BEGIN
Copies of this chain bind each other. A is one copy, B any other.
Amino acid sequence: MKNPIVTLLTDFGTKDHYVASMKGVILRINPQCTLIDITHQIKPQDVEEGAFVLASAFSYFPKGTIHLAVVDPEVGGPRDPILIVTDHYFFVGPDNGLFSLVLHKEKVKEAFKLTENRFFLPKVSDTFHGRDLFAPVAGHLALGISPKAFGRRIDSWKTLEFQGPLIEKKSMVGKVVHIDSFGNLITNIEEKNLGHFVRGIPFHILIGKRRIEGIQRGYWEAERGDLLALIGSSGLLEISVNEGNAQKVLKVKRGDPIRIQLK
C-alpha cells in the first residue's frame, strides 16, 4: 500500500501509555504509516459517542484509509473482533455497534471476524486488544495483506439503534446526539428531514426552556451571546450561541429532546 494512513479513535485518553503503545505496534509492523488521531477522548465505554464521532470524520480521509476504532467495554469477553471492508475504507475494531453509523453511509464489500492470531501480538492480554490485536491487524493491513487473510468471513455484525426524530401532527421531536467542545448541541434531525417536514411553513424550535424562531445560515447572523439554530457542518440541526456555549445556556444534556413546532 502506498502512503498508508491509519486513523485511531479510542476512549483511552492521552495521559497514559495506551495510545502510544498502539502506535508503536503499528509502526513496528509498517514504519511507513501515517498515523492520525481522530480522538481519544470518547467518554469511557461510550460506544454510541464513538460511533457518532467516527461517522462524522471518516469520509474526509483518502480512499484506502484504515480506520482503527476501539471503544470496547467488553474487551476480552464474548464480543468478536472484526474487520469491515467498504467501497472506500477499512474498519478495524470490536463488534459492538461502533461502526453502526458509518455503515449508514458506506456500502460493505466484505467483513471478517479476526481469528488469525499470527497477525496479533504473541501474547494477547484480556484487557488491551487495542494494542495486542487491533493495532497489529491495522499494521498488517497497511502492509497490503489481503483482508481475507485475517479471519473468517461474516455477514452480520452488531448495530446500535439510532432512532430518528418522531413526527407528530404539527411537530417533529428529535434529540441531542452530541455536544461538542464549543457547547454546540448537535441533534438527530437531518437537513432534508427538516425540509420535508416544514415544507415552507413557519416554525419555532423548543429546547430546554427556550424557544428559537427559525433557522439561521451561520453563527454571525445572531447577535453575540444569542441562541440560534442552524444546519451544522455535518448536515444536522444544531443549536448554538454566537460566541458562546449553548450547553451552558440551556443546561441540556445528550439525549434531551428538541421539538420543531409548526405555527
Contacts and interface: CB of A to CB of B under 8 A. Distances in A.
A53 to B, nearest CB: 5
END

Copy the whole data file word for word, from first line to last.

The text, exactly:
Copies of this chain bind each other. A is one copy, B any other.
Amino acid sequence: MKNPIVTLLTDFGTKDHYVASMKGVILRINPQCTLIDITHQIKPQDVEEGAFVLASAFSYFPKGTIHLAVVDPEVGGPRDPILIVTDHYFFVGPDNGLFSLVLHKEKVKEAFKLTENRFFLPKVSDTFHGRDLFAPVAGHLALGISPKAFGRRIDSWKTLEFQGPLIEKKSMVGKVVHIDSFGNLITNIEEKNLGHFVRGIPFHILIGKRRIEGIQRGYWEAERGDLLALIGSSGLLEISVNEGNAQKVLKVKRGDPIRIQLK
C-alpha cells in the first residue's frame, strides 16, 4: 500500500501509555504509516459517542484509509473482533455497534471476524486488544495483506439503534446526539428531514426552556451571546450561541429532546 494512513479513535485518553503503545505496534509492523488521531477522548465505554464521532470524520480521509476504532467495554469477553471492508475504507475494531453509523453511509464489500492470531501480538492480554490485536491487524493491513487473510468471513455484525426524530401532527421531536467542545448541541434531525417536514411553513424550535424562531445560515447572523439554530457542518440541526456555549445556556444534556413546532 502506498502512503498508508491509519486513523485511531479510542476512549483511552492521552495521559497514559495506551495510545502510544498502539502506535508503536503499528509502526513496528509498517514504519511507513501515517498515523492520525481522530480522538481519544470518547467518554469511557461510550460506544454510541464513538460511533457518532467516527461517522462524522471518516469520509474526509483518502480512499484506502484504515480506520482503527476501539471503544470496547467488553474487551476480552464474548464480543468478536472484526474487520469491515467498504467501497472506500477499512474498519478495524470490536463488534459492538461502533461502526453502526458509518455503515449508514458506506456500502460493505466484505467483513471478517479476526481469528488469525499470527497477525496479533504473541501474547494477547484480556484487557488491551487495542494494542495486542487491533493495532497489529491495522499494521498488517497497511502492509497490503489481503483482508481475507485475517479471519473468517461474516455477514452480520452488531448495530446500535439510532432512532430518528418522531413526527407528530404539527411537530417533529428529535434529540441531542452530541455536544461538542464549543457547547454546540448537535441533534438527530437531518437537513432534508427538516425540509420535508416544514415544507415552507413557519416554525419555532423548543429546547430546554427556550424557544428559537427559525433557522439561521451561520453563527454571525445572531447577535453575540444569542441562541440560534442552524444546519451544522455535518448536515444536522444544531443549536448554538454566537460566541458562546449553548450547553451552558440551556443546561441540556445528550439525549434531551428538541421539538420543531409548526405555527
Contacts and interface: CB of A to CB of B under 8 A. Distances in A.
A53 to B, nearest CB: 5